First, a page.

I asked both Mirazi and Wright to reflect on their media's coverage of Iraq. Mirazi largely rejected criticisms of al-Jazeera and the Arab media in 2003 and beyond: given how horribly Iraq turned out, if anything the Arab media wasn't critical enough of US invasion. He did say, however, that the fall of Baghdad on April 9, 2003, should have been more of a moment of self-criticism for the Arab media: how could it have been so mistaken in its reporting of the balance of forces and the military situation? Beyond that, however, he didn't seem to think that the Arab media had a lot of accounting to make for its performance in Iraq. The biggest problem, he argued repeatedly, had to do with the continuing domination and ownership of the media by Arab regimes - as long as terrible, undemocratic governments controlled the Arab media, directly or indirectly, there would be harsh limits on its ability to really progress.
Wright admitted that the media performed poorly in the runup to the Iraq war, but offered the defense that at that time it was hard to challenge the official narrative. As above, the public mood mattered: critical stories were met with a deluge of emails and letters and criticism, editors were cautious, and reporters were in a sense bound by their sources. She argued that the press would not likely repreat its mistakes in the face of a campaign for war on Iran. The public environment has changed, making it easier to challenge the administration's rhetoric, and reporters are more skeptical of official sources.
But after that appropriately self-critical opening, Wright surprised me by offering a chillingly persuasive argument about how the rationale for war with Iran had shifted from the nuclear program to its role in Iraq. To support this, she rattled off a series of examples of what "we know" about Iran's role in the violence, with her voice taking on a stacatto rhythm of seemingly hard facts about the Iranian role (to be clear, I don't mean that she offered these in support of war with Iran - only that she offered these facts in support of her interpretation of the administration's current thinking). So I challenged her a bit: how is this not business as usual? What lessons have really been learned, if you (somewhat unfairly being asked to stand in for "the media") will now simply repeat the administration's claims about Iran's role in Iraq as uncritically as you/they did the administration's claims about Iraqi WMD? Why isn't the media more critically delving into the factual basis of the administration's claims about Iran's role in Iraq? After all, otherwise the lesson of 2002-2003 will simply be "the media will never again be fooled by the Bush administration's claims about Saddam Hussein's weapons of mass destruction." That's not very useful. Wright seemed a bit put out by this, but I think it then generated an interesting exchange among the panelists. Certainly food for thought - and the talk of the dinner table afterwards.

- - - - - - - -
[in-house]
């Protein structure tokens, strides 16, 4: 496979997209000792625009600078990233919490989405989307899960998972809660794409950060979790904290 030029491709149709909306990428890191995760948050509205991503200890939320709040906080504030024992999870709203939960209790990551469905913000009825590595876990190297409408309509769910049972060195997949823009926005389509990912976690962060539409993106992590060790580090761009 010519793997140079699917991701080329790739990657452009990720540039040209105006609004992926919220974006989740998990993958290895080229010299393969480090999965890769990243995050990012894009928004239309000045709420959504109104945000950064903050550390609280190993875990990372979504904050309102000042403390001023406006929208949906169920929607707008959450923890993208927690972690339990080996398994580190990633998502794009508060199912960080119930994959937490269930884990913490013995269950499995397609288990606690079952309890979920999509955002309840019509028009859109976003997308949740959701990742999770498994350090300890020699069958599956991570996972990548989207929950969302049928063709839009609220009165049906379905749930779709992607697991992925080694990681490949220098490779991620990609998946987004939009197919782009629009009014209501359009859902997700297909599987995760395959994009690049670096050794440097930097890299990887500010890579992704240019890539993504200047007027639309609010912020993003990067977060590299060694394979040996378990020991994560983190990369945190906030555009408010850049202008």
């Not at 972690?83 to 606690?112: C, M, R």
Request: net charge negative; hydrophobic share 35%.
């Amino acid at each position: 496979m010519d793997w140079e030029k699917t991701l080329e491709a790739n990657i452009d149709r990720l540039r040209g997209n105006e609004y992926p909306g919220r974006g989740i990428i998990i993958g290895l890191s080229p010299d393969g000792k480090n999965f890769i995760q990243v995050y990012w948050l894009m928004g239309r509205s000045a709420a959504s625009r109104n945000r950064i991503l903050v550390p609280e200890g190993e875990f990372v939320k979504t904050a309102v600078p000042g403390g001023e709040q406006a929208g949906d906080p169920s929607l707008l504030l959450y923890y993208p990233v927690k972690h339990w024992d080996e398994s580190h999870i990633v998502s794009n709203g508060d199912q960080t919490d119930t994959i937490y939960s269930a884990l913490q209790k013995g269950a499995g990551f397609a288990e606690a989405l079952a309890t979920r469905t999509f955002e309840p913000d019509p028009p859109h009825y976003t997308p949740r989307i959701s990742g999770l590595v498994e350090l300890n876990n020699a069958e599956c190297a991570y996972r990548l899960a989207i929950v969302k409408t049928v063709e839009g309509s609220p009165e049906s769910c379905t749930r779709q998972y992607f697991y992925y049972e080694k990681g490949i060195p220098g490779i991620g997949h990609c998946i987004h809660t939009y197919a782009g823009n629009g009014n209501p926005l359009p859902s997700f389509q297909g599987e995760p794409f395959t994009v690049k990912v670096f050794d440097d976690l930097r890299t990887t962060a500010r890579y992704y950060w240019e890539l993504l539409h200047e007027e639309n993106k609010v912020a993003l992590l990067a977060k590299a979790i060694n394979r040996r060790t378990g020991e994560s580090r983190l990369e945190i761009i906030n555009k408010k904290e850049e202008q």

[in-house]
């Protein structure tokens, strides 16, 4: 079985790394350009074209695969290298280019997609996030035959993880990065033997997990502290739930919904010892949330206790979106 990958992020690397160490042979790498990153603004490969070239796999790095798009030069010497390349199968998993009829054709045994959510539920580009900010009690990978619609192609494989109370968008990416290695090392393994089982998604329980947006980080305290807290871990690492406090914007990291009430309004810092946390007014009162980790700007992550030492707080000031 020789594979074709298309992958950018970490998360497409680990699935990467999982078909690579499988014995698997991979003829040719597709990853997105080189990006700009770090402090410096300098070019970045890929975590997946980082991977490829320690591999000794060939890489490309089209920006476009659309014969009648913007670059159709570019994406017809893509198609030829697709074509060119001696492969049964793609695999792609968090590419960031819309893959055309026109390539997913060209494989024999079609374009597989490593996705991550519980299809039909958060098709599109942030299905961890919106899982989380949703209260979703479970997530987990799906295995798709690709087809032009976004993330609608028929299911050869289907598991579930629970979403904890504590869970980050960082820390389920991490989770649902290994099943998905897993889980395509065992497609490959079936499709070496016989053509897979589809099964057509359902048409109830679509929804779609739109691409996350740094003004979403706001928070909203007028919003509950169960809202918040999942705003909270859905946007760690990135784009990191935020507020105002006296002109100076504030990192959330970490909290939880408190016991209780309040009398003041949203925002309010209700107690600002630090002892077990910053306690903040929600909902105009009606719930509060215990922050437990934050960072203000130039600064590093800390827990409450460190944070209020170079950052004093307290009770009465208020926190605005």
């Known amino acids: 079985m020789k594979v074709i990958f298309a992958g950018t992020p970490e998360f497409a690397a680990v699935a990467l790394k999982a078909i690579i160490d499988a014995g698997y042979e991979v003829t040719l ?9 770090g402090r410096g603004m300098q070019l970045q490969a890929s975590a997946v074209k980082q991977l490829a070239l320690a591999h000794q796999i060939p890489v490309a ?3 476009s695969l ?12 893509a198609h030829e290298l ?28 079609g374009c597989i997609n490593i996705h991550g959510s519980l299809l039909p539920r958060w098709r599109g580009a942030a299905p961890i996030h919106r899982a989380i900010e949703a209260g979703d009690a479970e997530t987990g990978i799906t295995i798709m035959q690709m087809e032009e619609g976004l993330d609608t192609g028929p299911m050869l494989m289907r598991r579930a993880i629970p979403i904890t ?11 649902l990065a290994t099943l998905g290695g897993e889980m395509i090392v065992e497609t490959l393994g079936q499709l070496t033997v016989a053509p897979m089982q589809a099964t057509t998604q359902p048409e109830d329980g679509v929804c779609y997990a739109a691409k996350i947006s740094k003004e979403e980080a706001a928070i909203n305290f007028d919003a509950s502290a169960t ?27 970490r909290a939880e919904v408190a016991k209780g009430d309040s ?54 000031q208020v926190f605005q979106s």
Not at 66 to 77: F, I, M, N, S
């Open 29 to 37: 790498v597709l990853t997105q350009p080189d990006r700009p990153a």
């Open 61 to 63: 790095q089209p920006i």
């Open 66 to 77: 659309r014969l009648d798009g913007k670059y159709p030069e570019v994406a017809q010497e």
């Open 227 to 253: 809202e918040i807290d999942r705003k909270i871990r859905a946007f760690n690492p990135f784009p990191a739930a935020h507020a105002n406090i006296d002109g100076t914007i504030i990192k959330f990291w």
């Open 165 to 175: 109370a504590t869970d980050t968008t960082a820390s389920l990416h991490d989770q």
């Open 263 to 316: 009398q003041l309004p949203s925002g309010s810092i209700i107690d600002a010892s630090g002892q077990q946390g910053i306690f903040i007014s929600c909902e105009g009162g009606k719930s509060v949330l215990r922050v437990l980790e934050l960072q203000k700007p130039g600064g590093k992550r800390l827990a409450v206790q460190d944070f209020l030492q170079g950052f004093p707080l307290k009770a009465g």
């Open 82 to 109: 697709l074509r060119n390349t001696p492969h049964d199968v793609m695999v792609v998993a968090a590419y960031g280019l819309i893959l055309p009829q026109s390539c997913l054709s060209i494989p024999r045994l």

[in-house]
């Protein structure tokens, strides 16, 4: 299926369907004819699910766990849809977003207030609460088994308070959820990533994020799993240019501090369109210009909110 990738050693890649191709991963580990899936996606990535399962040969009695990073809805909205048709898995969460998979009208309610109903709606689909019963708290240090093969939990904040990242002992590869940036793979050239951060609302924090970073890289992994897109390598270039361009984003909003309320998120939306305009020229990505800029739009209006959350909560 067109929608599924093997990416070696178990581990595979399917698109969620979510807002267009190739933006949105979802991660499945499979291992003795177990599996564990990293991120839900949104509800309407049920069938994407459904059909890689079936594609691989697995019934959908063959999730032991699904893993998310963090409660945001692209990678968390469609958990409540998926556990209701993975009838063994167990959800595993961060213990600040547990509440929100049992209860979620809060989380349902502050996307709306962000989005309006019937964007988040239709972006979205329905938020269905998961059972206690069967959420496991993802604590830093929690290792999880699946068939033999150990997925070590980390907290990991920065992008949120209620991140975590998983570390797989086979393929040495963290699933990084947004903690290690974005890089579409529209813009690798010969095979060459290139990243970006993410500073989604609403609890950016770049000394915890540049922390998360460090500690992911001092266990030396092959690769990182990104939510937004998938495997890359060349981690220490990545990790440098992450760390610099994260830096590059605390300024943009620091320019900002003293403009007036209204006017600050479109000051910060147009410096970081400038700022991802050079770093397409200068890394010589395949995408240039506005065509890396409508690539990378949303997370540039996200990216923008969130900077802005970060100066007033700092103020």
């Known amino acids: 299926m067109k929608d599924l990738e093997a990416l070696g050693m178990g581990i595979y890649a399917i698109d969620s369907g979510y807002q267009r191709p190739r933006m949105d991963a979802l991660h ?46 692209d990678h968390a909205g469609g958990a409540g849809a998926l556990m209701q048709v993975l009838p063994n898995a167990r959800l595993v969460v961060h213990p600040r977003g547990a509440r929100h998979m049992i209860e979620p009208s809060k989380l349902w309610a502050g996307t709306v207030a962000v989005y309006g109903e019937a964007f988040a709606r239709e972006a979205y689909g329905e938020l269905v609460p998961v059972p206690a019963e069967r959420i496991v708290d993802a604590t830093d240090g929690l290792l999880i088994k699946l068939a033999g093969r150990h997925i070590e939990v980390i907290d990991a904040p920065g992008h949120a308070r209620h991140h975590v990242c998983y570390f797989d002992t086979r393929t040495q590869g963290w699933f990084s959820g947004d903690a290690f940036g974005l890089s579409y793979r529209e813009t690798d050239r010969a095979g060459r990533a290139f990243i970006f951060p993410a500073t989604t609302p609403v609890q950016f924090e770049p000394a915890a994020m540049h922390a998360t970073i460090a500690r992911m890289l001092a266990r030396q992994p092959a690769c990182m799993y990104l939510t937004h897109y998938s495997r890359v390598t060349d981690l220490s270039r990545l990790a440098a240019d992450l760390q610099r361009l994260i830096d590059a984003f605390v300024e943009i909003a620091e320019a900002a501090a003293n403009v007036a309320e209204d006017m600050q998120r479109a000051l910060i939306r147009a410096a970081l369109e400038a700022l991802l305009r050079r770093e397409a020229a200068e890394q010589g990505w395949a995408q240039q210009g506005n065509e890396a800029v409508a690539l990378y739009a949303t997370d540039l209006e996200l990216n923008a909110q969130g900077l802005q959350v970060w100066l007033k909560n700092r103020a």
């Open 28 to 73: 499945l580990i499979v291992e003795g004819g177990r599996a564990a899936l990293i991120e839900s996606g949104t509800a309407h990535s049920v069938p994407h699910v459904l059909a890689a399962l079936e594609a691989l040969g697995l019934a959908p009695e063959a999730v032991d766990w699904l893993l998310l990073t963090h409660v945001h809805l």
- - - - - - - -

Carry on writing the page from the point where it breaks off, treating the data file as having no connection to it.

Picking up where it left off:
Ambassador Skip Gnehm wrapped things up with an incisive critique of the Bush administration's approach to the region: tactics without strategy. As a diplomat, he would always want to know the endgame, the purpose of various tactical moves - but with this administration, they seem to shift with events and make it up as they go along. Do they want a two-state solution to the Israeli-Palestinian relationship or not? Do they want a unified or a partitioned Iraq? He also worried about the system-wide effects of lost American credibility, pointing to his own long experience as a diplomat to suggest how difficult everything becomes when the US has lost credibility and when its allies - not only its enemies - can't figure out what it is trying to achieve.
I thought it was a fascinating event, and hopefully this post conveys some of that to those who weren't able to make it to the Elliott School last night.